Independent living options for people with disabilities
Many independent living apartments and houses have been built especially for people with disabilities.
Specialist Disability Accommodation (SGA) is a separate type of NDIS funding stream. In many SGA homes you will find accessible features such as:
Wide corridors for wheelchairs
Hoists and personal care equipment
Easy to operate assistive technology
What can supported independent living provide?
SIL is all about helping you to find a living arrangement that makes you feel confident, comfortable and independent.
Participants accessing SIL will be able to receive the type of support and level of support that suits them. A number of NDIS-funded supports can be delivered through SIL, including daily tasks like:
Assistance with cooking and meal preparation
Personal care supports
Transport and travel for appointments and social groups
Nursing care and help with medications
Skills for independent living
Supported independent living is not just about arranging a roof over your head. Support staff will be available to help you with many other aspects of life you find difficult, or would like to improve. Other services can be arranged to enable you to feel happy and connected with your community.
Your support worker will help you take care of your home and belongings, and contribute to carrying out the chores involved with living in a shared house.
They can assist you with planning and preparing meals, and managing your budget.
Shared living support needs
Many people find they need some assistance when it comes to shared living. A support worker can help people who are sharing a home to plan and make decisions that impact the whole household.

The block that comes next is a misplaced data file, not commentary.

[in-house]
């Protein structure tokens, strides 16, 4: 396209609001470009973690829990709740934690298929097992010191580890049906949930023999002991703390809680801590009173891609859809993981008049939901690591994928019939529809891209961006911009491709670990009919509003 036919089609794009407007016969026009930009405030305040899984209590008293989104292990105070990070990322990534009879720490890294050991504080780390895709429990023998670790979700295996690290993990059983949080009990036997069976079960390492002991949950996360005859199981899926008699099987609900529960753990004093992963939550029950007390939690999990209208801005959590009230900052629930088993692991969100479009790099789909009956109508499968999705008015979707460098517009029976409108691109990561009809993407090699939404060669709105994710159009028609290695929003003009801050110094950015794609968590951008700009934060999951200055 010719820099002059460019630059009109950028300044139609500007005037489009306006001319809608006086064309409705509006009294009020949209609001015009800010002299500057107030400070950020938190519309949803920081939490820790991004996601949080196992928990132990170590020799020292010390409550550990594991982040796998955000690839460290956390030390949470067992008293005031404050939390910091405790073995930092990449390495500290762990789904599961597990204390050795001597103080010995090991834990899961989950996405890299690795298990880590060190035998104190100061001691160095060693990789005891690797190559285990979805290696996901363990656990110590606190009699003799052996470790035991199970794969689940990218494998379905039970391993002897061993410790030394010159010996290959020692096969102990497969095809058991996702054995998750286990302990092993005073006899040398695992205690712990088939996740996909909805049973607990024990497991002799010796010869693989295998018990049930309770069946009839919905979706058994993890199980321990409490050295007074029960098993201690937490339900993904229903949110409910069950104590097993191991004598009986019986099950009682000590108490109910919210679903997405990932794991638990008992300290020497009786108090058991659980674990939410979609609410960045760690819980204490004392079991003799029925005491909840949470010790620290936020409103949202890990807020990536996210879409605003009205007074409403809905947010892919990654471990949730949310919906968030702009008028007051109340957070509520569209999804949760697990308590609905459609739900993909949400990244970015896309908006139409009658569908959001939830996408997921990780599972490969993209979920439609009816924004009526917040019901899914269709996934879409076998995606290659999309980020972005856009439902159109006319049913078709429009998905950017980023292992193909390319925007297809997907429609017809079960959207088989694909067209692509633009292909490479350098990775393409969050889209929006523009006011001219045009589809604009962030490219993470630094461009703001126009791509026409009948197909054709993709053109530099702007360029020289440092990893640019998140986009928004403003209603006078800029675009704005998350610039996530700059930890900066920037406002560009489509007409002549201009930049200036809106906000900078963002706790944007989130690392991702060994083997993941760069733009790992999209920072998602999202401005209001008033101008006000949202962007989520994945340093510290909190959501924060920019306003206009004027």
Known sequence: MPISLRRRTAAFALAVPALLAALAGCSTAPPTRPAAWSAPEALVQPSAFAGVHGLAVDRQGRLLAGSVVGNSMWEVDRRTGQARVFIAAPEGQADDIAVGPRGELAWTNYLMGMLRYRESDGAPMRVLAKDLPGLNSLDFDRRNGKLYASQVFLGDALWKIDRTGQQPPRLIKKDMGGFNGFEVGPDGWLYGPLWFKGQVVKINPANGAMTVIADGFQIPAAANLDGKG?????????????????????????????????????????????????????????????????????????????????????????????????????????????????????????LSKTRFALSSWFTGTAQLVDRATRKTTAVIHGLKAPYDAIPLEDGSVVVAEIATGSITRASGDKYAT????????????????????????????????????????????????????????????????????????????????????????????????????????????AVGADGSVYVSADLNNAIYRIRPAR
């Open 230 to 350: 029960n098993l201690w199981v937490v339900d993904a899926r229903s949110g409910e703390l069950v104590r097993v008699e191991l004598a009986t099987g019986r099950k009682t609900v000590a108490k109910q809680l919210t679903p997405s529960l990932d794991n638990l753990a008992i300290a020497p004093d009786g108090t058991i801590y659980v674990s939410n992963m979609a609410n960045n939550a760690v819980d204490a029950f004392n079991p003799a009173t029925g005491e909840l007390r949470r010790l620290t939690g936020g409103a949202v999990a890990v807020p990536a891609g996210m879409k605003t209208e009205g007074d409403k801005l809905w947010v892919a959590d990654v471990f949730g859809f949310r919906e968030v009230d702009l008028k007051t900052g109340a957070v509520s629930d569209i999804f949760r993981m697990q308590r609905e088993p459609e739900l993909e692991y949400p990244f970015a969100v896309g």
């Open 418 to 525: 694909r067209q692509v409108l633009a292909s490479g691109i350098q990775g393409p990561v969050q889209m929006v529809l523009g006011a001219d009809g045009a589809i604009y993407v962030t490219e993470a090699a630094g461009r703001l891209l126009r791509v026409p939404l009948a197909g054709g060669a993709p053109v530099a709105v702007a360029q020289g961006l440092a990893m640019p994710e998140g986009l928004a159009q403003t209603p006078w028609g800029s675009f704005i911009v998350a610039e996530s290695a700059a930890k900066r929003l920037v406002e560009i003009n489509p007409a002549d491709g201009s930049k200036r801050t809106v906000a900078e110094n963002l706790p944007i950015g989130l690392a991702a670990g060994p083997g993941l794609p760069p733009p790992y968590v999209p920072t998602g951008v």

Support staff can also help individuals to improve their capacity to complete everyday tasks, respect house rules and handle any conflict should it arise.
Selecting a new home and provider
Once you have been approved for SIL through your NDIS plan, you can select a provider. A roster of care (ROC) will be set up. Your service provider will fill in the ROC with a significant amount of information about the supports they deliver to meet your support needs and goals.
The NDIA uses this information to understand what a typical week may look like for you in your supported accommodation.
How much does independent living cost?
How much your supported independent living services will cost depends on many factors such as:
If you will live alone or with others
The level of support you need
How frequently you need assistance, and with what tasks
What other NDIS funds supports you have in place
Does the NDIS fund independent living?
Supported Independent Living funding is provided and detailed under ‘Core Supports’ in your NDIS plan.
The SIL funding you receive will depend on the type of support you need. Make sure you discuss your needs and preferences with your support coordinator. They will work with you to find the best accommodation options for you.